CONSUMER PACKAGED GOODS & RETAIL INSIGHT AND INNOVATION: Kimberly-Clark leverages digital technology to add value for consumers and retailers

Kim Greenwood is the senior manager of virtual reality at Kimberly-Clark Corporation, a leading US-based consumer packaged goods maker focused on personal products. Compass spoke to her about how Kimberly-Clark uses simulation, virtual reality and other digital solutions to improve the experiences of its retail partners and consumers.

COMPASS:  What is the purpose of Kimberly-Clark’s Innovation Design Studio?

KIM GREENWOOD:  Kimberly-Clark’s Innovation Design Studio is a state-of-the-art facility where our retailers are immersed in possible versions of their “future store.” It is a way to showcase our product innovation and to prepare for future launches by blending virtual and physical store solutions. We also hold innovation events ‘on the road,’ bringing these services to our customers in their own facilities or other locations.

You don’t need a big center to use this capability. There’s no reason you can’t leverage virtual technology in a meeting with your business partner at Starbucks, for instance. It’s also important to note that the technology is quickly becoming available to business experts, not just technology experts. Our vision is to put virtual reality (VR) capabilities in the hands of our business and sales people, designers, and other functional roles within our organization. Virtual-reality technology is not as easy to use as a touch application, but it’s getting closer. In five years, VR should be readily available even on mobile devices.

What is the business value-add from this initiative?

KG: This initiative serves both Kimberly-Clark and our retail partners. Imagine the benefit of designing and testing concepts without having to physically build them. Because we are not limited by the constraints of the physical world, we can test many ideas and concepts to ensure we get the best solution, also saving time and reducing cost.

When one of our category analysts or shopper-insight experts is looking at the best way to engage a shopper in an aisle, they have to make a lot of decisions throughout their process. They start with what they think will happen, observe what actually happens, and then build it physically. By leveraging our virtual capabilities to visualize what the solution will look like and how it might work, we can actually test the decisions we’re making much earlier in our planning processes than we could when we built physical models. It streamlines our process, making us more efficient and increasing our probability of success.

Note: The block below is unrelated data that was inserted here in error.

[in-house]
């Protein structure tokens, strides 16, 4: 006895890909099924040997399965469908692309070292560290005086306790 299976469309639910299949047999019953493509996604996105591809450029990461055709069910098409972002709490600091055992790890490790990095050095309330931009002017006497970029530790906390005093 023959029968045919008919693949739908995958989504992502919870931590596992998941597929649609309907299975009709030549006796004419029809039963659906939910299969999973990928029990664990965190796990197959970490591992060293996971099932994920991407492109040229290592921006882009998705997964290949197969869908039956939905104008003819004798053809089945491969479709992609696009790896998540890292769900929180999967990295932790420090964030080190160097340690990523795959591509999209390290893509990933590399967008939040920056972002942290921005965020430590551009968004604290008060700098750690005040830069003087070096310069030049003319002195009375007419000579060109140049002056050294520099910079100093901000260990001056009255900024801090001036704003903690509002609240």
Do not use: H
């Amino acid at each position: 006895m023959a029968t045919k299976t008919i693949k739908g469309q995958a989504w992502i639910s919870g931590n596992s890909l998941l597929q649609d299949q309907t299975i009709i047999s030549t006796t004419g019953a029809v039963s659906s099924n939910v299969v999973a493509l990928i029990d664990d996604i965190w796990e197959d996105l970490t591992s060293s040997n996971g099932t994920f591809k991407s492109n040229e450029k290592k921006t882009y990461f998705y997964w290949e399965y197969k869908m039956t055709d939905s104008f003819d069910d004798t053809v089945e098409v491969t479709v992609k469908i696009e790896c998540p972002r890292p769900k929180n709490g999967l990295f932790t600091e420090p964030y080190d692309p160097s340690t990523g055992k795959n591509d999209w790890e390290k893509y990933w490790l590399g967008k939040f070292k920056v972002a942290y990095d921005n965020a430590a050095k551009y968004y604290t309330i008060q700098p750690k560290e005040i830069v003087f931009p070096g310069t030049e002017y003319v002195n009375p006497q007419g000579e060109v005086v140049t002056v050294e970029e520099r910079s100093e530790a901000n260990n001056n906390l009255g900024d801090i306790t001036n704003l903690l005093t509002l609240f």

Can you share an example where using VR has kept you from going too far down the wrong road?

KG: When we launched our “U by Kotex” product a few years ago, we worked with our brand and package design teams very early in the process to come up with different merchandising alternatives and in-store signage. We then brought it to life in VR to help them make decisions about what to test in VR, actual in-store tests, and mock-store scenarios. We ended up with a very successful approach. There’s no question you recognize that black packaging when you walk in the aisle. It communicates something that you never really saw in that area of the store before. It’s young, it’s fresh and it catches your attention.

Once we came up with those merchandising ideas and concepts, we put them into the individual store formats, explained the innovation, and explained how this might work in a retailer’s actual store using VR. Base on research we’ve done and insights we have, it really helps visualize what we think is going to happen from a sales perspective. It helps us and our retail partners understand what the impact on the shopping basket is going to be.



Are there other ways VR is being employed?

KG: It’s not only helpful in product launches; we do small projects as well. We can use VR to look at whether consumers will pick up on a new message or tab that’s on a package in the context of the shelf. When you look at a package on its own, you can focus just on it. But when you’re looking at a package on the shelf, it’s surrounded by hundreds of other products and your messages might be washed out. Are people actually seeing the information you want them to see? How can you get information to pop so that they can find what they’re looking for and get on with their day? Think about a mom who has three kids and is trying to get through the store because she has to get someone to soccer practice in 20 minutes. How do we, as a manufacturer, help that mom easily find what she needs and get it into her cart? From a retailer perspective, the worst thing that can happen is she can’t find it and leaves without buying it there.

How are you working to improve and expand collaboration with Kimberly-Clark’s retail partners?

KG: We are always striving to strengthen our relationship with our retailers. We want to be an Indispensable Partner – that’s a registered Kimberly-Clark trademark – who not only understands and drives growth for our brands and products, but also for the retailer in the categories that our products are sold in. We do this through new and actionable insights, industry-leading innovation, and world-class merchandising and shopper programs.

When our retailers want to partner with a manufacturer on a project or there’s something going on in the industry that they need more information on, we want them to call us. We try to ensure that by driving new innovation that defines what growth opportunities there might be for a retailer in that specific category. It’s what we call “Big I” innovation; it’s not just about products.

by Lisa Rivard Back to top
by Lisa Rivard